When cleaning out the garage this evening I found a Kero-Sun Model K single burner kerosene cookstove that I haven't used in 20+ years. Since it still had some kerosene in it from 20+ years ago I thought I'd try and light it to see if the scene in the Rambo movie where Sly finds an old can of kerosene in a mine and makes a torch out of it was reality based or just fiction. Amazingly, it lit right up for me just like it did for Sly!


Why would it not?


Well...............the kerosene is probably closer to 30 years old, and for many of those years the stove was stored in an unheated garage in the northern Rockies where it gets down to 30 below zero for a few weeks every winter, plus the wick was open to the air all that time. So I was surprised.



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Posted: 6/14/2012 11:48:47 AM
that's good to know...
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Posted: 6/14/2012 11:53:07 AM
Surely it had Stabil in it...



the_great_mantis
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Posted: 6/14/2012 12:57:56 PM
How close is diesel to kerosene? Could similar results be expected from diesel?
tc556guy
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Posted: 6/14/2012 1:41:28 PM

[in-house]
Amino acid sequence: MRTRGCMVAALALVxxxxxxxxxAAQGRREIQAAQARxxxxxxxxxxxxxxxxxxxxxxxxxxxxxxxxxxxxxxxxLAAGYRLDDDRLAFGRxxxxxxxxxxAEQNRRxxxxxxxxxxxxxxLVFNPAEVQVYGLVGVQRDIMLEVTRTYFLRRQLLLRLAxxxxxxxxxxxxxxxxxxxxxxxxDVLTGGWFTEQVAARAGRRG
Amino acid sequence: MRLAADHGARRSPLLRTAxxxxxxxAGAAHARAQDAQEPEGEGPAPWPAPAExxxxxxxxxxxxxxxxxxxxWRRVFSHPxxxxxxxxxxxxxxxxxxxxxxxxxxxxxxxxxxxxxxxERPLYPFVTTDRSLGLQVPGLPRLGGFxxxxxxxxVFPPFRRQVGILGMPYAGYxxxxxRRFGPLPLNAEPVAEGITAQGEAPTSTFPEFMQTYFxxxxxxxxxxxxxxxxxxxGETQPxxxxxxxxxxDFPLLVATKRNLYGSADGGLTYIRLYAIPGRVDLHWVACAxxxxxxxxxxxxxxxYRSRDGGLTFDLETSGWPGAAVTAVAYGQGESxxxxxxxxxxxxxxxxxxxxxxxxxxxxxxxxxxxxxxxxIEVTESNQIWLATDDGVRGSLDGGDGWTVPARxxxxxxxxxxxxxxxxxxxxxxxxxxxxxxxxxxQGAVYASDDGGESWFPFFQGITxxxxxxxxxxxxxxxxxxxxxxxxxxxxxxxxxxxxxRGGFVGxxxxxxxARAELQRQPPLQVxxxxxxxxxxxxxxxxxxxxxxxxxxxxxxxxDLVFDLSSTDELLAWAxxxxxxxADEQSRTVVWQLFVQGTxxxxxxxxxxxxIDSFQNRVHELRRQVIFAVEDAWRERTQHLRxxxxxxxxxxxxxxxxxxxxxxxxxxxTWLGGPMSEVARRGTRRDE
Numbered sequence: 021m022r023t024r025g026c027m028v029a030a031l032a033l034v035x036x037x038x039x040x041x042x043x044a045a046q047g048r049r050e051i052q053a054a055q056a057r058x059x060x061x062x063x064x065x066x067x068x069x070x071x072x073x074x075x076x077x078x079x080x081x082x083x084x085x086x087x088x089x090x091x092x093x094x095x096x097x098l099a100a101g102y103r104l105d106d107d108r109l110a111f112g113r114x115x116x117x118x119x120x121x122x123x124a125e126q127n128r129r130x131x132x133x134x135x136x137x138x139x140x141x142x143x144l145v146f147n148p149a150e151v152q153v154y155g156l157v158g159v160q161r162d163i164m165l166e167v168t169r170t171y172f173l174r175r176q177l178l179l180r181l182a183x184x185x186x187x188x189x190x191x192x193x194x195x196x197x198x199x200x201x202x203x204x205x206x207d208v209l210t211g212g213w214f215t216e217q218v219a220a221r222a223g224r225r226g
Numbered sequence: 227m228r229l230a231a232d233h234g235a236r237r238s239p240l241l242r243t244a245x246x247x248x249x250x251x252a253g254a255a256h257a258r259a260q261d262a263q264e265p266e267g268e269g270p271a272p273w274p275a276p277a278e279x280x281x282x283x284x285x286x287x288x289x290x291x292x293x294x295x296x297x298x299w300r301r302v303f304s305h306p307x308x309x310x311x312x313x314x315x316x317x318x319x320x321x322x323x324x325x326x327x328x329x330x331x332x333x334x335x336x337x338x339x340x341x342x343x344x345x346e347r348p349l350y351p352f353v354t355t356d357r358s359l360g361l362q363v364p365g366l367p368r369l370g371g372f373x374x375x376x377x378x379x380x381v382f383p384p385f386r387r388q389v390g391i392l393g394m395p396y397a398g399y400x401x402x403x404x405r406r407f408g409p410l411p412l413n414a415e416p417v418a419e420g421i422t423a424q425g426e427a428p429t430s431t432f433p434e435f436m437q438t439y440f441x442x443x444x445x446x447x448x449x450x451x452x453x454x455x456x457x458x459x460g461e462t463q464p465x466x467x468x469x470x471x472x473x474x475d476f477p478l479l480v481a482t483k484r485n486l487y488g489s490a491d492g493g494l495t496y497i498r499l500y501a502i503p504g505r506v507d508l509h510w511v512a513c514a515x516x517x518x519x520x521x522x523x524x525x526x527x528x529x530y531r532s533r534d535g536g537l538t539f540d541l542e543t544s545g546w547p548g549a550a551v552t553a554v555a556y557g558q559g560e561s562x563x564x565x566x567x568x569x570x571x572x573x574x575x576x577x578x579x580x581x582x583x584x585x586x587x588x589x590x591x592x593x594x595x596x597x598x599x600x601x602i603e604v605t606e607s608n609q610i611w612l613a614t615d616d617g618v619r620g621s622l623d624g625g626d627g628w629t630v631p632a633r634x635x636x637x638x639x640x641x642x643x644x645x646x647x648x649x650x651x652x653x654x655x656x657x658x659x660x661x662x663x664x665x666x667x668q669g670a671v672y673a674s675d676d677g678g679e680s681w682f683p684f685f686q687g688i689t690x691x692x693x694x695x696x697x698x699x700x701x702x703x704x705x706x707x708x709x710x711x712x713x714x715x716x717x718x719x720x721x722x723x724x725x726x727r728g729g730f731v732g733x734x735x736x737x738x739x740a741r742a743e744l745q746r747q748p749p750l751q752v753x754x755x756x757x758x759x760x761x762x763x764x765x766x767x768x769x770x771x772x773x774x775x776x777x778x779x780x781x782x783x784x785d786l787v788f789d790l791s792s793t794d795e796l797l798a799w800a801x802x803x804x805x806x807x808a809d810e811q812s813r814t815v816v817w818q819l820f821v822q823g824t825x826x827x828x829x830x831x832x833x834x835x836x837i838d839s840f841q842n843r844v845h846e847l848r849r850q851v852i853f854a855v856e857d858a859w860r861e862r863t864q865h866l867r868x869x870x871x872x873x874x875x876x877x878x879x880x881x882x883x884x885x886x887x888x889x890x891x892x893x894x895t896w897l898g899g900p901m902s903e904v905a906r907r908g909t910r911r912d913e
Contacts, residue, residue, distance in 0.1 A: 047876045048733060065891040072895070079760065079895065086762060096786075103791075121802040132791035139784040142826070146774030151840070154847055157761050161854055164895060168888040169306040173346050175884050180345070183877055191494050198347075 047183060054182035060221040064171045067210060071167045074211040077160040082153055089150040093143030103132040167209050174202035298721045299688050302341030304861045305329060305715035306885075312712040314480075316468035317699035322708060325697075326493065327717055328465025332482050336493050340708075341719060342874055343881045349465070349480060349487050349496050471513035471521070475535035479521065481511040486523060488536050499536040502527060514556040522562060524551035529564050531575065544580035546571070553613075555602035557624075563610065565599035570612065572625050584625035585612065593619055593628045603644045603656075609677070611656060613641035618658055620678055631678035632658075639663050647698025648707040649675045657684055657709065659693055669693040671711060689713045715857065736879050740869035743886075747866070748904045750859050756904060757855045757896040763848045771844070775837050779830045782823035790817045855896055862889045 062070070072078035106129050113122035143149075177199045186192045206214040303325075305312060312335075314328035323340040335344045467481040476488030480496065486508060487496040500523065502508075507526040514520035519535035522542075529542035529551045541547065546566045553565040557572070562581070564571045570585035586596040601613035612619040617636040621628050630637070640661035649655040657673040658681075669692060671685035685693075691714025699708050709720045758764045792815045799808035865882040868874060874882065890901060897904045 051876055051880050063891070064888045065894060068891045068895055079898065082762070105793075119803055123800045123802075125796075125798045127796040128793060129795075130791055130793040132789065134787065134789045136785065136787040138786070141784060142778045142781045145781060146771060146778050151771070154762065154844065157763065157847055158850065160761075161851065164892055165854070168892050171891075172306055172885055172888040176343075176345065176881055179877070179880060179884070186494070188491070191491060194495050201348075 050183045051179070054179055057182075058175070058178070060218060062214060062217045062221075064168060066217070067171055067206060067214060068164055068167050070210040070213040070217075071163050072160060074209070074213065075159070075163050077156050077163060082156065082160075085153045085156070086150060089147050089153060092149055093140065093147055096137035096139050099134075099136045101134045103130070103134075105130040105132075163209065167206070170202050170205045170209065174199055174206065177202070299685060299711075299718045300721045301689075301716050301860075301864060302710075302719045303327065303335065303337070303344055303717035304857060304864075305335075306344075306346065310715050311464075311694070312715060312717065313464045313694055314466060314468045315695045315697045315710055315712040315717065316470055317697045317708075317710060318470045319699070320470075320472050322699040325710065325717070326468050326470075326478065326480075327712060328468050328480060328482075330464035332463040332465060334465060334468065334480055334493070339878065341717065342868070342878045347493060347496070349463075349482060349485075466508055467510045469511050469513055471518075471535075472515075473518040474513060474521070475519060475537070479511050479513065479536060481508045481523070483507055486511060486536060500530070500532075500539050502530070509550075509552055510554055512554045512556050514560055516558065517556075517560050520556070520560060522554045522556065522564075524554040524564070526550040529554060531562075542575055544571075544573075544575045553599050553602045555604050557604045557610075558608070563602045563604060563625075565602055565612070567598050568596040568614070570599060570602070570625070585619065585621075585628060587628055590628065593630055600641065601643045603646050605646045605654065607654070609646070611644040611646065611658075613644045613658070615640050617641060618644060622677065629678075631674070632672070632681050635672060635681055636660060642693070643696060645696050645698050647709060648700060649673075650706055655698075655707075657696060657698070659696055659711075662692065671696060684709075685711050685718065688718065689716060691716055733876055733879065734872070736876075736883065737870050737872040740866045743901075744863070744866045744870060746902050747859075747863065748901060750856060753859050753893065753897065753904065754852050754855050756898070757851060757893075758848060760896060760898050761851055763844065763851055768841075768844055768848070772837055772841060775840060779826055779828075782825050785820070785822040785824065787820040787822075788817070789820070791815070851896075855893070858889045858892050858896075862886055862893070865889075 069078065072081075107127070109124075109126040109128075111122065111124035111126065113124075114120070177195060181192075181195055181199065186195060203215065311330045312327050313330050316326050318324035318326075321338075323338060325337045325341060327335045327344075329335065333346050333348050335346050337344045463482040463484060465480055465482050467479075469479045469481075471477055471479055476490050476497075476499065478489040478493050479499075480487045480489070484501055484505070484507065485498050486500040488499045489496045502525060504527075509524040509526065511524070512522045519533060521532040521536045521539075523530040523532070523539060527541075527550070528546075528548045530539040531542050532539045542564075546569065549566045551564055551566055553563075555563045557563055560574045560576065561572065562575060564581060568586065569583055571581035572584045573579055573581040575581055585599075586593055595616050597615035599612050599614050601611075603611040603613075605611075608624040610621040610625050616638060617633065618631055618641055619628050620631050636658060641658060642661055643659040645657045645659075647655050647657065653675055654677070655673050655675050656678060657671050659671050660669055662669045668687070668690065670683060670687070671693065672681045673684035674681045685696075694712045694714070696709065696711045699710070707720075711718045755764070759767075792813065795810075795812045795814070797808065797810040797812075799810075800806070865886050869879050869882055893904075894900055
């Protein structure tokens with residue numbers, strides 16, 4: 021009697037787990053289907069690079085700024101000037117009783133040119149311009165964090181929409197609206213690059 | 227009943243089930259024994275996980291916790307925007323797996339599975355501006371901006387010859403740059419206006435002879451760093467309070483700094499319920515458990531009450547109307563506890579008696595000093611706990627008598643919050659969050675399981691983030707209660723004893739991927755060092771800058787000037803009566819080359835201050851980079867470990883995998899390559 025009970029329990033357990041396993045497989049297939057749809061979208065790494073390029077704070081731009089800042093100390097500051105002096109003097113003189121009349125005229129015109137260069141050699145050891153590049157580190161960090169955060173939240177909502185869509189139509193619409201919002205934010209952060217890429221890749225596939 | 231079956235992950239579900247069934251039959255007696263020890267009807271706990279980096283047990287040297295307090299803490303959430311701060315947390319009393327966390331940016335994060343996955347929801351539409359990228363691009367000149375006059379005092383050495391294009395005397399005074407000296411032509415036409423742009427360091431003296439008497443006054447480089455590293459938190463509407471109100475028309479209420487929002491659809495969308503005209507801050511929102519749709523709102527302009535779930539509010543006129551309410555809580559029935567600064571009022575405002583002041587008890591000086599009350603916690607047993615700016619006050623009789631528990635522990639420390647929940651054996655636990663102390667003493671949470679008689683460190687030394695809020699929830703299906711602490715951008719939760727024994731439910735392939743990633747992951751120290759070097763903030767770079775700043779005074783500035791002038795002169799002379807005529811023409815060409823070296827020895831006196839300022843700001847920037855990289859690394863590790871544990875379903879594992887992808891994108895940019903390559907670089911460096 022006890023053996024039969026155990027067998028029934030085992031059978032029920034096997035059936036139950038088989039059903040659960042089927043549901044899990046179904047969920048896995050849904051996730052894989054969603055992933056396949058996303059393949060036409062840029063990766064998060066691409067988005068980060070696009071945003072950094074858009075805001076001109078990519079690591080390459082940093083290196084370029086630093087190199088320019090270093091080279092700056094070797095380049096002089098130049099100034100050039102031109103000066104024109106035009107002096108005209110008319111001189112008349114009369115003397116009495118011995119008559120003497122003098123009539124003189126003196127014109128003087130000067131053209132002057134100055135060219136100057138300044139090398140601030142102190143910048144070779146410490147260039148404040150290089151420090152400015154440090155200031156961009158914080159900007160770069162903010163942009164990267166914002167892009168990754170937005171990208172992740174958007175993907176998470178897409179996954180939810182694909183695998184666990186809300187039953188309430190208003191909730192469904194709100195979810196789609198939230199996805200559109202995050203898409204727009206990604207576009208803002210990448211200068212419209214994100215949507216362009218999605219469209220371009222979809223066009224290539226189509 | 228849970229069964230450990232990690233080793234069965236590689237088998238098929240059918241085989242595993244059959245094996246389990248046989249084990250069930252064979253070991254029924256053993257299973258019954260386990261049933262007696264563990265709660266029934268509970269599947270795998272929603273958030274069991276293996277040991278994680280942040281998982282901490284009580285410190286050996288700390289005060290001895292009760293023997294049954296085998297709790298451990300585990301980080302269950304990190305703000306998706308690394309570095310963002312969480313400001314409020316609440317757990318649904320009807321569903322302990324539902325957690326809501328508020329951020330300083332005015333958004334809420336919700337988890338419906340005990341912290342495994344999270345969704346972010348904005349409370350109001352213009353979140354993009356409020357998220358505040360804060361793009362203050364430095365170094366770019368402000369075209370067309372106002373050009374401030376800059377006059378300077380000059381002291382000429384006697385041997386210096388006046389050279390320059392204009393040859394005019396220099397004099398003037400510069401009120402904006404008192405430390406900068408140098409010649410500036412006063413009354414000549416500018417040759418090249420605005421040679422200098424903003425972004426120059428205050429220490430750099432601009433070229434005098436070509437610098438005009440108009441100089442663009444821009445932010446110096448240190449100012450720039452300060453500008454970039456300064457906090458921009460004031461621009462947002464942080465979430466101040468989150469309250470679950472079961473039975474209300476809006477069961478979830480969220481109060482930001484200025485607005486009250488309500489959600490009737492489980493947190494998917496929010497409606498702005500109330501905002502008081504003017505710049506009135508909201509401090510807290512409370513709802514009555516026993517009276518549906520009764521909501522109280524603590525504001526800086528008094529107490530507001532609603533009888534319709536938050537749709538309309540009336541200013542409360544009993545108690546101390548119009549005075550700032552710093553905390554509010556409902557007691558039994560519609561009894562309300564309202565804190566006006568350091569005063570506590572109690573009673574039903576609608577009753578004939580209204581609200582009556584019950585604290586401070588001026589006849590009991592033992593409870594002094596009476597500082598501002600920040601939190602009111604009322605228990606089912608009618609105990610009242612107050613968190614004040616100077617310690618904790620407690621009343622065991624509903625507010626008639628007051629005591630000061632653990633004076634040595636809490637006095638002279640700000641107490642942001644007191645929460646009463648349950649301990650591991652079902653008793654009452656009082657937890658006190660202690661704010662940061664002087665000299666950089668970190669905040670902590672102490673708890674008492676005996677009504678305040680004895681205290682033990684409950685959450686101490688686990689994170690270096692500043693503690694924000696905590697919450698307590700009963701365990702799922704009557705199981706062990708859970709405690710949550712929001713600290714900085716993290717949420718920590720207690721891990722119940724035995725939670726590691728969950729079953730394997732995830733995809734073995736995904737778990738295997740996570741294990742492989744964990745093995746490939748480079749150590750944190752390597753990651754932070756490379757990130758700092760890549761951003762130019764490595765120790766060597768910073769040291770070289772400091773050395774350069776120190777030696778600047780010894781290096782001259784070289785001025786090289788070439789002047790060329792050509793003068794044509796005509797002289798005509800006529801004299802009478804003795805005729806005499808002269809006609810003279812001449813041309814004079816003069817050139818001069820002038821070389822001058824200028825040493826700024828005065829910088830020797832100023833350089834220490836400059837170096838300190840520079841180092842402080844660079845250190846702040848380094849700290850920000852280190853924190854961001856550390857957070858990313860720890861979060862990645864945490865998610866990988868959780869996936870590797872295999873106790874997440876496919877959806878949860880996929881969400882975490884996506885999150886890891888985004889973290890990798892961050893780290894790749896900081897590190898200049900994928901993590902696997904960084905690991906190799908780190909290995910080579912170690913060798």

OP, would you say that the stove and fuel functioned at what you would deem 100%, or was there some degree of diminishment of performance?
*post contains personal opinion only and should not be considered information released in an official capacity*
bcauz3y
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Posted: 6/14/2012 3:25:00 PM

Originally Posted By the_great_mantis:
How close is diesel to kerosene? Could similar results be expected from diesel?

The additives in diesel cause it to mold over the years. Stored properly, with no exposure to oxygen and with the proper treatments, it should last a LONG time. I'm thinking (more like guessing) 20 years.

...I do understand that it is the profession that all others are expert save the people actually embroiled in it.
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Posted: 6/14/2012 5:51:23 PM
I've heard over and over how kerosene wont store for more than a couple of years, and will go bad like gas. I'm glad to hear this isn't the case

My own experience was lighting a kerosene heater that still had fuel in it, which had been sitting for over 15 years. Lit just fine.

I've also read that Coleman fuel goes bad after a year, however I've bought several lanterns and stoves that had fuel sitting in them for 10+ years and still burned just fine.